"Dear Leif; All of us die hard Rowland Wilson fans can't thank you enough for posting 3 days of Rowland's (the cartoonist's cartoonist) art! Any chance of posting more?"


Knowing that RBW had done work for Esquire magazine, I dug out a bunch from my old magazine collection and found some wonderful pieces from 1959/'60...


It seems that no matter what generation you're from, Rowland Wilson has probably touched your life. During the '50s and '60s he did gag cartoons for the Saturday Evening Post, Esquire, Playboy, and many others. Here's a two-page spread Wilson both wrote and drew for Esquire in 1967.


Also during the '60s, Wilson created a newspaper comic strip called "Noon."


I found one daily strip original at the Heritage Auctions website.


Until Bill mentioned it, I had no idea I was exposed to Rowland B. Wilson's work when I was a kid in the '70s watching Schoolhouse Rock on Saturday mornings on ABC. Bill wrote, "the two titles that Rowland designed were "Lucky Seven Sampson" and "Twelve Toes". (Side note- "Conjunction Junction" was designed by Tom Yohe and myself)."

For those of you too young (or too old?) to remember Schoolhouse Rock, here's Wilson's "Lucky Seven Sampson," found on YouTube...

Bill wrote, "Row's life's work includes so many pieces of great art done for many different venues. New England Life campaign, editorial art, TV Guide (inside & covers), other magazines and print ads, animated TV commercials, on staff at animation studios: Richard Williams studios in London where he won awards, Don Bluth studios in Dublin working on feature films, Disney Studios in LA, working on feature films. I'm sure I've left some stuff out."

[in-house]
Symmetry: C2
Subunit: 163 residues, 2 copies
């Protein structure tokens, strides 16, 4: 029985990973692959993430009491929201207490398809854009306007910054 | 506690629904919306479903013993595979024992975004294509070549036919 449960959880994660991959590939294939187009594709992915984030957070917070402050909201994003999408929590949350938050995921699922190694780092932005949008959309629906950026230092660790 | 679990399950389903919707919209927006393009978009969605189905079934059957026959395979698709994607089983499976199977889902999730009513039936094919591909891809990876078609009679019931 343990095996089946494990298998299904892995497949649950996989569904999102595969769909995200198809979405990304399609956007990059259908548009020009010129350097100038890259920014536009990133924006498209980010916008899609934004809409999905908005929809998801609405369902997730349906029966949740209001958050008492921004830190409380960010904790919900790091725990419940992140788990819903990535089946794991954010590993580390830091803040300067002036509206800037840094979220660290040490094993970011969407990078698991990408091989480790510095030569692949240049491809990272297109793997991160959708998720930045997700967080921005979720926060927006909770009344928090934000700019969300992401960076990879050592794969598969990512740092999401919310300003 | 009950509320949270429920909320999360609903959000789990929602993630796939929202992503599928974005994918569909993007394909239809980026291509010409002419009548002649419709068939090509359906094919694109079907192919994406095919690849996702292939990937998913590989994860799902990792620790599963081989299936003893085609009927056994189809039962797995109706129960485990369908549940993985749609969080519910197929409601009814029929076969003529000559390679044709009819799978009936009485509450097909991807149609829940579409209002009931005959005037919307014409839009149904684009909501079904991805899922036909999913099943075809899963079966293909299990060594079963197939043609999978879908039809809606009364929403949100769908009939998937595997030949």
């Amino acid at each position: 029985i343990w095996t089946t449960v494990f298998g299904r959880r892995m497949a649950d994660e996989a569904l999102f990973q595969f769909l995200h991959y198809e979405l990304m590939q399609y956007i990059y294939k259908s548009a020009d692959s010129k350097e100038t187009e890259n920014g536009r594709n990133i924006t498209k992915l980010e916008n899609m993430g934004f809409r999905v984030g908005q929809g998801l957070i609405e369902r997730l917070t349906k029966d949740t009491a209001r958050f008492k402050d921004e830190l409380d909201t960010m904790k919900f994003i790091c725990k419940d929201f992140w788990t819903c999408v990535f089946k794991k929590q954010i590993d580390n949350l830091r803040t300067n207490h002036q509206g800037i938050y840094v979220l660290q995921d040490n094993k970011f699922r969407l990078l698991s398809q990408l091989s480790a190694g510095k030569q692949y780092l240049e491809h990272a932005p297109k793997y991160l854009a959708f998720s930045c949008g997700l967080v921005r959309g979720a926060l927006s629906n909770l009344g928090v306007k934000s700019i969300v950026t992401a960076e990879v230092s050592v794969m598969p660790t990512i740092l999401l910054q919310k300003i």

While doing my online research, I found many examples of Rowland Wilson's magazine and TV commercial artwork - especially pencil sketches! - at a site called The Deep Archives, which sells original animation artwork.

Also, Michael Sporn has posted many wonderful photos of Rowland Wilson and many more examples of his work on his blog. If you click on Wilson's name in the sidebar of Michael's "Splog" you'll see tons and tons of RBW artwork from every period of his career.


One last note from Bill, who wrote, "The good news there was that we found out Suzanne Wilson (RBW's wife) is in the process of putting together a "How To" book using Row's art and notes. I've seen some of those and they are unbelievable. There are also completed and unpublished graphic novels that Suzanne has that Row did before his untimely death."


Bill concluded, "Suzanne and all of us fans still hope that some visionary publisher would still do a bio/collection of RBW and his art. It would certainly rank up there with the recent Sickles, Fawcett and Toth books."

* Many thanks to Heritage Auctions for allowing me to use the scans of the RBW "Noon" daily comic strip and the final image in this post, which is a watercolour original of a Playboy gag cartoon by Wilson, both from the image archives at